It is interesting to note here that Aquinas here implies that a person has a kind of ownership over his or her own self. This is suggested by his words that “it is a grievous matter to anyone to yield to another what ought to be one’s own.” The use of the concept of “one’s own” implies that a person has a kind of ownership over the self or purpose of one’s life, which is implied by the granting of free will. Though he seems to have this view of ownership over the self, he does not see a contradiction with his view that private property does not exist Paradise, by which he typically means ownership over external things.4)See my earlier discussion of Aquinas’s views on this point. John Locke will later explicitly argue that a person has a kind of ownership over the self, at least over one’s labor, and it is this ownership that makes private property natural, even in the possession of things for food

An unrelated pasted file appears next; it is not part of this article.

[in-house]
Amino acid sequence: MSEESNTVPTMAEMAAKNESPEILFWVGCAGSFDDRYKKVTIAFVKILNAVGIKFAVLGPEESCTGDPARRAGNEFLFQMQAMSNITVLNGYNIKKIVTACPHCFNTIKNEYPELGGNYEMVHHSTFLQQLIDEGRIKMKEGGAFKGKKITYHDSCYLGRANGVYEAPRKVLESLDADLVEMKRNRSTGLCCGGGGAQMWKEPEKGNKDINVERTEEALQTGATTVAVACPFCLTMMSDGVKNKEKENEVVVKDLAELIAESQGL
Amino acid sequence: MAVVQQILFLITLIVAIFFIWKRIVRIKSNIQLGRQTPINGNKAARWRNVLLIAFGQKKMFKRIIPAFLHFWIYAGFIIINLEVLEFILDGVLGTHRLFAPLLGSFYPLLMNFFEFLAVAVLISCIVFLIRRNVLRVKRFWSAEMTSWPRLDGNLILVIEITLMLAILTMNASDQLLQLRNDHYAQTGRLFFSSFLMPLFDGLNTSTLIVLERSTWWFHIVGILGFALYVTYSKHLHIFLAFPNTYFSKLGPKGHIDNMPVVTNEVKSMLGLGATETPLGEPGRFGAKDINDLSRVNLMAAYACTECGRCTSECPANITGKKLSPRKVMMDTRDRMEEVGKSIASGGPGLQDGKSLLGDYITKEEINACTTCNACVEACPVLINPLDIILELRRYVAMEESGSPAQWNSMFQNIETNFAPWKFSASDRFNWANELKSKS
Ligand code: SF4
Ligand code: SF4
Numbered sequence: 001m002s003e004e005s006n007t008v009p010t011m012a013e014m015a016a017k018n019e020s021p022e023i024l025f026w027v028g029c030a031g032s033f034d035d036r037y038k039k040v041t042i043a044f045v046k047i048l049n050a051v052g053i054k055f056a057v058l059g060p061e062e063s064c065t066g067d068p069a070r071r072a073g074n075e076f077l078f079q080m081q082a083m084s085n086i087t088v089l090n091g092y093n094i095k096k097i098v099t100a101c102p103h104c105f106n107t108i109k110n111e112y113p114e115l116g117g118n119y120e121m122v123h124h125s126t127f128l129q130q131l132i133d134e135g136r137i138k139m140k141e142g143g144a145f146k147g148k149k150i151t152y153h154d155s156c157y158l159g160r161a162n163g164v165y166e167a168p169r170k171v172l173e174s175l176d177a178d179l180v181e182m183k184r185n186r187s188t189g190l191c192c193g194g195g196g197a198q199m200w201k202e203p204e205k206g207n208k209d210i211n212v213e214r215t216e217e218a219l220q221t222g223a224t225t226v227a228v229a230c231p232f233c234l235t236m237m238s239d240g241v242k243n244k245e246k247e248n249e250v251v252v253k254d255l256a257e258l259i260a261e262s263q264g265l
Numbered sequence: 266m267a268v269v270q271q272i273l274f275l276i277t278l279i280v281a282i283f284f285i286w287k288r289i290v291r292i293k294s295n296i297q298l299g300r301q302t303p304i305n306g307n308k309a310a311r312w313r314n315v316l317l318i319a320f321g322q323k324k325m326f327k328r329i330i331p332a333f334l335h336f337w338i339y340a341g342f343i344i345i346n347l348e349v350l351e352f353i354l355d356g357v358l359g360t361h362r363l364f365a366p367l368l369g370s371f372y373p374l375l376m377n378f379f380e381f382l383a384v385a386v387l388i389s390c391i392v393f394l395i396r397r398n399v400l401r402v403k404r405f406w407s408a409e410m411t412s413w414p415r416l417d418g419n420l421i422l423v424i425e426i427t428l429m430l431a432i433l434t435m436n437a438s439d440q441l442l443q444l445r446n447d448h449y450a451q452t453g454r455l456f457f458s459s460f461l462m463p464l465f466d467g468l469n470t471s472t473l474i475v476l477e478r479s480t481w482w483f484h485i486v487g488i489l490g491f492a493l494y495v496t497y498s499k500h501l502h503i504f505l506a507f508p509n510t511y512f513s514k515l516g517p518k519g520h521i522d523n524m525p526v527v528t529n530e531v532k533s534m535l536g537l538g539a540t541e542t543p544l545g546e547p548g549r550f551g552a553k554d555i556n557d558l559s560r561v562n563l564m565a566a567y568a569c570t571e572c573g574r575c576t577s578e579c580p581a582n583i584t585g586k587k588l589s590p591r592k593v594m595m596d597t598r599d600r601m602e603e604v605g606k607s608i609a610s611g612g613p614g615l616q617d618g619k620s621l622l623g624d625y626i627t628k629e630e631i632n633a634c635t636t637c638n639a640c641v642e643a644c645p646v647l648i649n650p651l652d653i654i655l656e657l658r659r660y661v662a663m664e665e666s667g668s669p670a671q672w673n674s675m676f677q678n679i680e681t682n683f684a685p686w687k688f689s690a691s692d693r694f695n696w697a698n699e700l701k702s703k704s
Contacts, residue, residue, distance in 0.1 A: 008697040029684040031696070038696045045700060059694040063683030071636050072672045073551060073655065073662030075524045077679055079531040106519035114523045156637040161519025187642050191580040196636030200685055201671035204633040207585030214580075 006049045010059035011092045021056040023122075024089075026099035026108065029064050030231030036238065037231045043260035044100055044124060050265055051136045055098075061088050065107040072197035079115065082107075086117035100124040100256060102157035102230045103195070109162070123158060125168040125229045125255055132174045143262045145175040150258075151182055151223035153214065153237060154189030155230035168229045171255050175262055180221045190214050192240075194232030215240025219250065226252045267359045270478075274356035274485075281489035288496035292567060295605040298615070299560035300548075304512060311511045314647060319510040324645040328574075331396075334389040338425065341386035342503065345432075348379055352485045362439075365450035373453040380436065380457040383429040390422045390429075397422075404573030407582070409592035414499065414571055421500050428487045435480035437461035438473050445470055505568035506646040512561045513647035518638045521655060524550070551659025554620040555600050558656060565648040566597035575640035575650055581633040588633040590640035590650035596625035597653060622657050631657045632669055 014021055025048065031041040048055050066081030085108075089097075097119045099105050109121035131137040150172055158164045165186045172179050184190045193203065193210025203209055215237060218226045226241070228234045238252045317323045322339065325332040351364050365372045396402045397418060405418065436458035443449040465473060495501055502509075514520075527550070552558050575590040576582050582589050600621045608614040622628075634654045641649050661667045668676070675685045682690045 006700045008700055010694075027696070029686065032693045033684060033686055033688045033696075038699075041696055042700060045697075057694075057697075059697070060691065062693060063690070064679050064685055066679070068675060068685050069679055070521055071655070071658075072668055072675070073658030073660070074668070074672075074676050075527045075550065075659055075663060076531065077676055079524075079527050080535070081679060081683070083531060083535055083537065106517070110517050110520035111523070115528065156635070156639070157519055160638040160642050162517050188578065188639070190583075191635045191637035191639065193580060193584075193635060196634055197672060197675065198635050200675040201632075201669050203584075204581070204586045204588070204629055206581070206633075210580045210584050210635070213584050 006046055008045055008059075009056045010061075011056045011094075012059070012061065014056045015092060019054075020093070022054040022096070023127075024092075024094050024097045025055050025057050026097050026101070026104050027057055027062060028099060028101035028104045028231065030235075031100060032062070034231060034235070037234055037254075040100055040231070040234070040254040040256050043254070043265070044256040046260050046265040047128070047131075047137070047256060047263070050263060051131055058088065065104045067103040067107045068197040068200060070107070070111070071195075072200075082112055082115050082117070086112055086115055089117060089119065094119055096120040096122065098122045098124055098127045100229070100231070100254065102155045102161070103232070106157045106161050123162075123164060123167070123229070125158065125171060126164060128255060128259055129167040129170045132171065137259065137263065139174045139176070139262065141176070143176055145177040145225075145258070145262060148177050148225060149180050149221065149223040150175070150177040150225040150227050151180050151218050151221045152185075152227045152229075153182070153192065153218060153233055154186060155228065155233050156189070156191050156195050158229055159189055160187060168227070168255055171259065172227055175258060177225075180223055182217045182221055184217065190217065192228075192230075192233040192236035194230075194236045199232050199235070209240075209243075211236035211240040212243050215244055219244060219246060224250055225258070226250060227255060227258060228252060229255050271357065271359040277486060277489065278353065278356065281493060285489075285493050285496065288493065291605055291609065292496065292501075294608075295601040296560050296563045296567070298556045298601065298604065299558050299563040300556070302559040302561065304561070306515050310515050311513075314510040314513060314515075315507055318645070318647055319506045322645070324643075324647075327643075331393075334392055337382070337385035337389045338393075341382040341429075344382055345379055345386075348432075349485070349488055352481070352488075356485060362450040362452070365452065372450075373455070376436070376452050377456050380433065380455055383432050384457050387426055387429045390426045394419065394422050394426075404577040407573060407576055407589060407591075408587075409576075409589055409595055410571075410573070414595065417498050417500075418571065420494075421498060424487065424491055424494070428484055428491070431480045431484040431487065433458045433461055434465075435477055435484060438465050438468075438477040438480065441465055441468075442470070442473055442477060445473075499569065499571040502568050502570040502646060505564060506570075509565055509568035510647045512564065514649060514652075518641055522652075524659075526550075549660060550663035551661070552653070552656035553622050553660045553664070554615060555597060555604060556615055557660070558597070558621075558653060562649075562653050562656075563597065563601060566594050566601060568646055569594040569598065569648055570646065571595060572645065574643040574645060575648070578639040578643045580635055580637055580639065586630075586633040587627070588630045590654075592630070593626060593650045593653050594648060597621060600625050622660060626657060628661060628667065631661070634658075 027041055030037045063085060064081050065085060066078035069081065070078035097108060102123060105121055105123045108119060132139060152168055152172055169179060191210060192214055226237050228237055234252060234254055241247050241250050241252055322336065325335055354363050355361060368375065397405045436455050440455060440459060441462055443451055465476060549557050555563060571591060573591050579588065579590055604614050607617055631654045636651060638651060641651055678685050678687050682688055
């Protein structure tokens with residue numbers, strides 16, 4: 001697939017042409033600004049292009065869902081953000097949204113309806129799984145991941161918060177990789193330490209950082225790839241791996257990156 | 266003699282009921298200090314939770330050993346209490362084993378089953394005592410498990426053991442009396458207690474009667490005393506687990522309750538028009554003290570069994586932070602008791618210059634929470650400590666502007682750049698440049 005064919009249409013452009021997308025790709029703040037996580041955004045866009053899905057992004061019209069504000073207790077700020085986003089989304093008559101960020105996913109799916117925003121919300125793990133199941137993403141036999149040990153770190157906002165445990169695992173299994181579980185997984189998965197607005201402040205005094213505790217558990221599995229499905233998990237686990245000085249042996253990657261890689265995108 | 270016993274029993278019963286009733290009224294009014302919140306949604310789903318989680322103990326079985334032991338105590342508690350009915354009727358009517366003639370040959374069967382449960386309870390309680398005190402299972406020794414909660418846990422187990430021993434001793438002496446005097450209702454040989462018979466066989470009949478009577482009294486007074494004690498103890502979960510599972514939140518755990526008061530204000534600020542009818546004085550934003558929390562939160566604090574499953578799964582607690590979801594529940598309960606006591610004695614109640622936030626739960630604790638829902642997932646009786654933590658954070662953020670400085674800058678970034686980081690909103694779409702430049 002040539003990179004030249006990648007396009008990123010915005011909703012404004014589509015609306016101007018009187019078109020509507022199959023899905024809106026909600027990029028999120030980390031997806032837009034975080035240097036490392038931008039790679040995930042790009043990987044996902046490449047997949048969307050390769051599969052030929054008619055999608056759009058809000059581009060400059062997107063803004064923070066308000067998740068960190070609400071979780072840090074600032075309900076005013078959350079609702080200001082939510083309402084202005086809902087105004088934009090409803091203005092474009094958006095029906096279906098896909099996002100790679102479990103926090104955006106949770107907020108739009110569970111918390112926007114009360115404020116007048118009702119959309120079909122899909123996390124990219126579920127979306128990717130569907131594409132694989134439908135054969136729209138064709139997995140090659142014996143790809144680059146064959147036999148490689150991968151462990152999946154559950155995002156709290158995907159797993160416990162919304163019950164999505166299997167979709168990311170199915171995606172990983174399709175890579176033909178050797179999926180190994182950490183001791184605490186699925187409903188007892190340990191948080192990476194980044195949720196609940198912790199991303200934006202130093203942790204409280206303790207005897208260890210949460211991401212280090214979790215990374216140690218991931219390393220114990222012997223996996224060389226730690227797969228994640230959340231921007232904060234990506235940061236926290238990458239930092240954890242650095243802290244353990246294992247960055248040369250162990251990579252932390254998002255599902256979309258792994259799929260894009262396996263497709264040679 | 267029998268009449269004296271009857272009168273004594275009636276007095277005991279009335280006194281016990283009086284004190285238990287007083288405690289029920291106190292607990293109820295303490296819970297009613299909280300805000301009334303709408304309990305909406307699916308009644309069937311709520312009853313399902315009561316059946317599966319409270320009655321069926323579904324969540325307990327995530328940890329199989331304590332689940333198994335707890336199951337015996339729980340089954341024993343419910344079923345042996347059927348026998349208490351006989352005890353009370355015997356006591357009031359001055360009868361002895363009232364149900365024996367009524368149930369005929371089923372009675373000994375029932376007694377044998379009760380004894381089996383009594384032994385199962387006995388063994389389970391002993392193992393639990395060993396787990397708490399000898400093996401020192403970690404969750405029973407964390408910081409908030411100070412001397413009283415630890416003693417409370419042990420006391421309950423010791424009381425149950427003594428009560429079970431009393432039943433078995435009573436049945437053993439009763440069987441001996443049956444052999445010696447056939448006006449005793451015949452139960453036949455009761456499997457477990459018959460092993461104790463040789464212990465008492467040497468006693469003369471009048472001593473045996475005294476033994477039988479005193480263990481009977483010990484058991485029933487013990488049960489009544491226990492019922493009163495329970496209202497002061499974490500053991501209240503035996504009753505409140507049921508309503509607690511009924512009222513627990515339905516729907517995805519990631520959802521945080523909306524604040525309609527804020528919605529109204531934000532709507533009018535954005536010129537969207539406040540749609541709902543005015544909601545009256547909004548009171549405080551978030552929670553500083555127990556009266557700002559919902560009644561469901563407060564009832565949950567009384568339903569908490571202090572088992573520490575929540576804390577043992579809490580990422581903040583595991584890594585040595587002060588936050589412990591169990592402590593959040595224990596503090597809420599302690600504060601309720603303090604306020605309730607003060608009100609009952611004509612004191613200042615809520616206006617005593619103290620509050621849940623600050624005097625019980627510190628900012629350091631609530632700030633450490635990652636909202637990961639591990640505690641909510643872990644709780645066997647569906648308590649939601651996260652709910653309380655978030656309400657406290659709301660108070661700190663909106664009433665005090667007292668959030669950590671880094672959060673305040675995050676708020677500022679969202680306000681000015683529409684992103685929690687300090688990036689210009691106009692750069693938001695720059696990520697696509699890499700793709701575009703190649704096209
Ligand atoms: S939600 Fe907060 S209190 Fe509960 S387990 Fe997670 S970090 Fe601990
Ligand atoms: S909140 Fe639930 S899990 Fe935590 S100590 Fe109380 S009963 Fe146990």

In an important sense for Aquinas, therefore, we can say that slavery is analogous to private property. Neither appear in Paradise but are both treated as reasonable and beneficial extensions to the natural law. This parallelism between slavery and private property makes sense in Aquinas’s framework, since slavery is arguably also a form of ownership, and ownership has no place in Paradise.5)Previously, I’ve discussed the question of why private property is beneficial to human beings in Aquinas’s view and does not contradict natural law. I’ll come back to this question and ask the same of slavery. For if slavery is forbidden in Paradise because it implies taking away a person’s power to pursue the proper good, how can slavery exist without contradicting nature in the state after Paradise?